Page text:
Cancer-fighting substances can be extracted and produced from a common daisy-like flower, scientists have shown.
Researchers demonstrated a method for removing and modifying parthenolide from feverfew plants, making compounds which killed cancer cells in laboratory tests.
The compounds, which destroyed chronic lymphocytic leukaemia cells, show promise of being developed into drugs, said the University of Birmingham, which carried out the research.
It's a clear demonstration that parthenolide has the potential to progress from the flowerbed into the clinicProfessor John Fossey, University of Birmingham
They appear to kill cancerous cells by increasing the levels of reactive oxygen species, an unstable molecule, to a critical point, it added.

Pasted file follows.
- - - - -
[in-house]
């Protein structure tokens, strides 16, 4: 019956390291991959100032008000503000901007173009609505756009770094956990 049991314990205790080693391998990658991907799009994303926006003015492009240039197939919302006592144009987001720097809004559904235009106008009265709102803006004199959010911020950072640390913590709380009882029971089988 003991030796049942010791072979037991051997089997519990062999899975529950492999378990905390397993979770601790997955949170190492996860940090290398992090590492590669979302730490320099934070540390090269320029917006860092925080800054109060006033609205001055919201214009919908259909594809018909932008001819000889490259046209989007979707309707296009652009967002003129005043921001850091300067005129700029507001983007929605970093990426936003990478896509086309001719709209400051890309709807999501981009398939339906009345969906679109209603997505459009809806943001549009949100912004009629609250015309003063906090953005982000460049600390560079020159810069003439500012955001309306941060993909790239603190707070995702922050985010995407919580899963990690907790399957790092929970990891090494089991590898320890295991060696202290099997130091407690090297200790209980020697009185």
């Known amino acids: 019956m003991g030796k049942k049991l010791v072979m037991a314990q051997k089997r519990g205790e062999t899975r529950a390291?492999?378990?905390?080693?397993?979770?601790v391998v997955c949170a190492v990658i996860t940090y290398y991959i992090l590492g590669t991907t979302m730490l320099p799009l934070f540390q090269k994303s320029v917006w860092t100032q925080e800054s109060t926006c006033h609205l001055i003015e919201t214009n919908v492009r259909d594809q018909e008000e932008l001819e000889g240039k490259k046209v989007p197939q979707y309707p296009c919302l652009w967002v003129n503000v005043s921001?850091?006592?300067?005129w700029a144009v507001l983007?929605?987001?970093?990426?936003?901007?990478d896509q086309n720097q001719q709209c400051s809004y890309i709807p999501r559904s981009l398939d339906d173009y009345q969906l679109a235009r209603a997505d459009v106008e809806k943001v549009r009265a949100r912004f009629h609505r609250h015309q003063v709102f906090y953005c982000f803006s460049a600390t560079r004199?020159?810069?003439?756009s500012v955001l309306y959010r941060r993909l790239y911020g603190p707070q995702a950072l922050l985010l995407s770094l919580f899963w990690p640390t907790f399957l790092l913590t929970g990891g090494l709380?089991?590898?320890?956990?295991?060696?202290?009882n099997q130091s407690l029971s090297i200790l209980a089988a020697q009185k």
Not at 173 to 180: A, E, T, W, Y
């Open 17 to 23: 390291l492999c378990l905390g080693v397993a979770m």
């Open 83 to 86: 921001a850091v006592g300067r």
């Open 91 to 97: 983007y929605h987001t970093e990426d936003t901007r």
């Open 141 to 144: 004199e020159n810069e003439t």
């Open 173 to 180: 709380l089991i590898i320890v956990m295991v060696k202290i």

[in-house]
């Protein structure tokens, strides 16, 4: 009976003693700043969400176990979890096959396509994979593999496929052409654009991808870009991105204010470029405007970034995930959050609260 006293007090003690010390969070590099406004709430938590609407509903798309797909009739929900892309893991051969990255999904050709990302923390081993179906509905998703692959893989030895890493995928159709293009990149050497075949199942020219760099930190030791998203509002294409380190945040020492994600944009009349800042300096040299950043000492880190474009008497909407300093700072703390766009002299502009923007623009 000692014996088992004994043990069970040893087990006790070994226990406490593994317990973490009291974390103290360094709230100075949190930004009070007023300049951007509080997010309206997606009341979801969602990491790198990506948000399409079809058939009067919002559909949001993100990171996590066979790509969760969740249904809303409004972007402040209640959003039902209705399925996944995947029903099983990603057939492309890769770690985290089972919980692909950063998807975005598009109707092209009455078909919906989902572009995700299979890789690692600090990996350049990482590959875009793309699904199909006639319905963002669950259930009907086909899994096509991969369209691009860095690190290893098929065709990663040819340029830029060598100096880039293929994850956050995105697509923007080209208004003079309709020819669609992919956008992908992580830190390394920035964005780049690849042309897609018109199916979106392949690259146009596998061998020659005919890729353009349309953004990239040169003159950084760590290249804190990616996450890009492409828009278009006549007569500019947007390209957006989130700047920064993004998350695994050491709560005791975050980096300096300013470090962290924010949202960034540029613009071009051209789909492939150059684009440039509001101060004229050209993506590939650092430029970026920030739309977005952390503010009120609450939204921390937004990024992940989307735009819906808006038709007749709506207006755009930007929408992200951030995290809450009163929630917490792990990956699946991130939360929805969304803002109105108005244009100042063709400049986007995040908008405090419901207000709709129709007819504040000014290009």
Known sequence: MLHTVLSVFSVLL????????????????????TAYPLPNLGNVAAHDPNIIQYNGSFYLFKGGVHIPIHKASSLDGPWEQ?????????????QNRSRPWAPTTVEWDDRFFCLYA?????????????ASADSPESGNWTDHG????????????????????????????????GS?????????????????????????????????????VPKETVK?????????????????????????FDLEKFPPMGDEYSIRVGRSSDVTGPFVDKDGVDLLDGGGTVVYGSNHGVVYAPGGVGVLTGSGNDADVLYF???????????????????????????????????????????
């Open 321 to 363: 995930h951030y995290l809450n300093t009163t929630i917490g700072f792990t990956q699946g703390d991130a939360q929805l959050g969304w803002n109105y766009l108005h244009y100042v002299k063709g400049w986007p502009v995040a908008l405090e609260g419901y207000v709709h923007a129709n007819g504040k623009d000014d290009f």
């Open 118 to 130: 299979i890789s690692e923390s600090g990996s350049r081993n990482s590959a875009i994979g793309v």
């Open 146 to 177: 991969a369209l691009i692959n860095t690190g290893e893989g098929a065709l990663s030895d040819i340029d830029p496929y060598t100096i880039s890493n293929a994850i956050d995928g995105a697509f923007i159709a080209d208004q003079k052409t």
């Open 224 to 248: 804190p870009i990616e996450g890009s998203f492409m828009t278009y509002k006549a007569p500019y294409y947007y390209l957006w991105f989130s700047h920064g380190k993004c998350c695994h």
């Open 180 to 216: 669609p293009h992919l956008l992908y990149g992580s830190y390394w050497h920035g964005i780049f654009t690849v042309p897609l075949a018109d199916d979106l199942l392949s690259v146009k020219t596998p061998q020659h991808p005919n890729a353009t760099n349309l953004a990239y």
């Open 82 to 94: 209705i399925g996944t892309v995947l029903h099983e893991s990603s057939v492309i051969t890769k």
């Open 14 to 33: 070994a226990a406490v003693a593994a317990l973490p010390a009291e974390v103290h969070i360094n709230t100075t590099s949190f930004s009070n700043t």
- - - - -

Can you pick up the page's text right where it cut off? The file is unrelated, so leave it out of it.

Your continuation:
Professor John Fossey, from the university’s school of chemistry, said: “This research is important not only because we have shown a way of producing parthenolide that could make it much more accessible to researchers, but also because we’ve been able to improve its ‘drug-like’ properties to kill cancer cells.
“It’s a clear demonstration that parthenolide has the potential to progress from the flowerbed into the clinic.”
Feverfew, which is sold in health shops as a remedy for migraines and inflammation, is a common flowering plant from the daisy family Asteraceae.
The study is published in the journal MedChemComm.